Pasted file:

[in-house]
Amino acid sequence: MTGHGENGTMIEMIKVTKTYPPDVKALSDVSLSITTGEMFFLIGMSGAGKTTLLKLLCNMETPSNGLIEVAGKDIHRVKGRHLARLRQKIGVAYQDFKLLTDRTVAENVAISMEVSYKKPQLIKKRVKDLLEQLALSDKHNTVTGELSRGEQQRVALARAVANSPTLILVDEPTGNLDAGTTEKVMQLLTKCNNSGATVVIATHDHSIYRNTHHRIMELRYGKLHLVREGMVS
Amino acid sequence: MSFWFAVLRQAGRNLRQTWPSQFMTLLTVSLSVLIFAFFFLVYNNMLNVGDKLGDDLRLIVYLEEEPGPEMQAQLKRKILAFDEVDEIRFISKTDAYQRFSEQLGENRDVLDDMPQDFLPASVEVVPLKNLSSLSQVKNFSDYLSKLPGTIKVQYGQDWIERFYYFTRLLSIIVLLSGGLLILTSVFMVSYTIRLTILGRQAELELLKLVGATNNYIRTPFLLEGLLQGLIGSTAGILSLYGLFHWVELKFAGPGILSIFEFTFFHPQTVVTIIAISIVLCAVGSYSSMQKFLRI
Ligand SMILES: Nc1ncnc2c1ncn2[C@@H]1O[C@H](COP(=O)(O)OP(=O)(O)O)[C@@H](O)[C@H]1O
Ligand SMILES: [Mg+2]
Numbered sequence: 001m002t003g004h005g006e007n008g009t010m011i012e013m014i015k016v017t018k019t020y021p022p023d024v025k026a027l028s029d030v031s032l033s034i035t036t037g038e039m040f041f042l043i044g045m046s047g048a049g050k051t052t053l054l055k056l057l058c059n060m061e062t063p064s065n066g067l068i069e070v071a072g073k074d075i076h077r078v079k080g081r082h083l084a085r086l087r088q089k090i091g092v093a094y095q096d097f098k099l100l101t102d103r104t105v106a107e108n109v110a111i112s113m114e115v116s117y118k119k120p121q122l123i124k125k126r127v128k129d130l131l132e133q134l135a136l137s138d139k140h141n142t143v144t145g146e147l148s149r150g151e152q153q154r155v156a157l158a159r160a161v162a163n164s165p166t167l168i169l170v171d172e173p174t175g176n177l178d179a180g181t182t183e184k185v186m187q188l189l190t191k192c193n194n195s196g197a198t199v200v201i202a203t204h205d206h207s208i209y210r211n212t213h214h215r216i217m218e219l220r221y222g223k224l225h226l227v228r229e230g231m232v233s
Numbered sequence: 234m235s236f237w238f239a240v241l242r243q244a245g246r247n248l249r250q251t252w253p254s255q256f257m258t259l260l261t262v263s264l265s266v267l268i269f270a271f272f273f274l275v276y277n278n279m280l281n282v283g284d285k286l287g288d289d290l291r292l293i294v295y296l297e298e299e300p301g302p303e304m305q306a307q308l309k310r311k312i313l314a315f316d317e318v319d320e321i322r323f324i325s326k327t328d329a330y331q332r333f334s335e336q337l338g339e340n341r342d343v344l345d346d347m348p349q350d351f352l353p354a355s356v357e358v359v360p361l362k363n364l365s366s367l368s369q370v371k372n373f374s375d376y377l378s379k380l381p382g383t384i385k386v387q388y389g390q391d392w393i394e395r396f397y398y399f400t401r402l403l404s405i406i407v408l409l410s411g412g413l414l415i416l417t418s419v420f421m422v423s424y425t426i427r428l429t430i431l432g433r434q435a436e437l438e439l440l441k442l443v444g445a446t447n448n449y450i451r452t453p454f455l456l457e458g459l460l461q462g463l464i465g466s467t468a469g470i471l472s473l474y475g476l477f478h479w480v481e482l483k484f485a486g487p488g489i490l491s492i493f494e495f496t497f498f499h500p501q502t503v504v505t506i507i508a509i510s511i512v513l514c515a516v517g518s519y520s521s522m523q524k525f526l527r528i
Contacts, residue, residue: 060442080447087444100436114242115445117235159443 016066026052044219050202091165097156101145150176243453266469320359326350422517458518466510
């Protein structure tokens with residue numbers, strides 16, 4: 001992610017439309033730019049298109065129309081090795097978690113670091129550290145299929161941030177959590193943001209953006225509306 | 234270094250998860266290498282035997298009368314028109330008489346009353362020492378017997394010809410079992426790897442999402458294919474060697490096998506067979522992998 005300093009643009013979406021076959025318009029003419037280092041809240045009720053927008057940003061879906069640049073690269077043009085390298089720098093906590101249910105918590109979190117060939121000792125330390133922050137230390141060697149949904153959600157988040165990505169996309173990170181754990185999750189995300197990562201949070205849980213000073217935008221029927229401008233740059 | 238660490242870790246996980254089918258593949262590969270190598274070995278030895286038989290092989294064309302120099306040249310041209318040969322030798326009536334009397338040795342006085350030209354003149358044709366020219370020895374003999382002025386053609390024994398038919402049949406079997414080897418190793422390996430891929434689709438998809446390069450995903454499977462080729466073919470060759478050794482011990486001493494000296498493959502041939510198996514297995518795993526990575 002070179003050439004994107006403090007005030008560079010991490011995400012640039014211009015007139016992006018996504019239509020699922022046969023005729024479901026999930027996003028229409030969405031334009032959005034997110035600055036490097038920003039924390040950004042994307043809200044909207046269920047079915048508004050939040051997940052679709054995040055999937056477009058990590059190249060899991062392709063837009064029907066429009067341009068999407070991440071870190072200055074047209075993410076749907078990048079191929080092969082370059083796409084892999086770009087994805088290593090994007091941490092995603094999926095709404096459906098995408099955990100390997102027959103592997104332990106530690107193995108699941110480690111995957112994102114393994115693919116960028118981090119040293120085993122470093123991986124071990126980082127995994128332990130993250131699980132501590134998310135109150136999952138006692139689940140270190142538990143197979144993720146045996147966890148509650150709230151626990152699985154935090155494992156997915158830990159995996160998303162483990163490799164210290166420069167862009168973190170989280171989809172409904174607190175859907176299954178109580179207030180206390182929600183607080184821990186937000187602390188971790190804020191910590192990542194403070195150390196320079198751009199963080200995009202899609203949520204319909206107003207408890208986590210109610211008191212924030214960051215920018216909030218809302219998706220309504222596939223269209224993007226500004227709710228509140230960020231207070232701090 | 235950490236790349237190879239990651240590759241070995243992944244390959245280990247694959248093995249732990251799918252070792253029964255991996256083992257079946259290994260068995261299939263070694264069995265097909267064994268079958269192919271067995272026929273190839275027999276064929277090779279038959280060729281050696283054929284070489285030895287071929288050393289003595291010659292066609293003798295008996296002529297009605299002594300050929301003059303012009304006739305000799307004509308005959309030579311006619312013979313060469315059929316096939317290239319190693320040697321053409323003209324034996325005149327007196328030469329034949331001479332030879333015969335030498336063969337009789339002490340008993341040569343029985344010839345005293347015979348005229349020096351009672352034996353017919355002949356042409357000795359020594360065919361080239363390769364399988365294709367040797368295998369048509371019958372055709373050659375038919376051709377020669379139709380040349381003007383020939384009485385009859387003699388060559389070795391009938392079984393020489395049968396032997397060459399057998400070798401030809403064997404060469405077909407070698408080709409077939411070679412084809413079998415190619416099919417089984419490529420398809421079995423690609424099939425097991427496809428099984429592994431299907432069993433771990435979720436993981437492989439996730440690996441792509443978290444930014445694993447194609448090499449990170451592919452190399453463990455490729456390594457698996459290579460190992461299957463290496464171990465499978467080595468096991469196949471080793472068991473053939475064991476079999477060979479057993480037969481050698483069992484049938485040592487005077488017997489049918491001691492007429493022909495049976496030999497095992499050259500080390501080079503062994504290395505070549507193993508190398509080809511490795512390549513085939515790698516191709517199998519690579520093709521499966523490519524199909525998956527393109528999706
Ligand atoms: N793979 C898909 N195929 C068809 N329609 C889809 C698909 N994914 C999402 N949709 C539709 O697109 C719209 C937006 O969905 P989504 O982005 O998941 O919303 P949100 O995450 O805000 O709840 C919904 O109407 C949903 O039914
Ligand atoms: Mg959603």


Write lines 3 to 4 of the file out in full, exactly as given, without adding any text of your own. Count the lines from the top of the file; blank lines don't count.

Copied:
Amino acid sequence: MSFWFAVLRQAGRNLRQTWPSQFMTLLTVSLSVLIFAFFFLVYNNMLNVGDKLGDDLRLIVYLEEEPGPEMQAQLKRKILAFDEVDEIRFISKTDAYQRFSEQLGENRDVLDDMPQDFLPASVEVVPLKNLSSLSQVKNFSDYLSKLPGTIKVQYGQDWIERFYYFTRLLSIIVLLSGGLLILTSVFMVSYTIRLTILGRQAELELLKLVGATNNYIRTPFLLEGLLQGLIGSTAGILSLYGLFHWVELKFAGPGILSIFEFTFFHPQTVVTIIAISIVLCAVGSYSSMQKFLRI
Ligand SMILES: Nc1ncnc2c1ncn2[C@@H]1O[C@H](COP(=O)(O)OP(=O)(O)O)[C@@H](O)[C@H]1O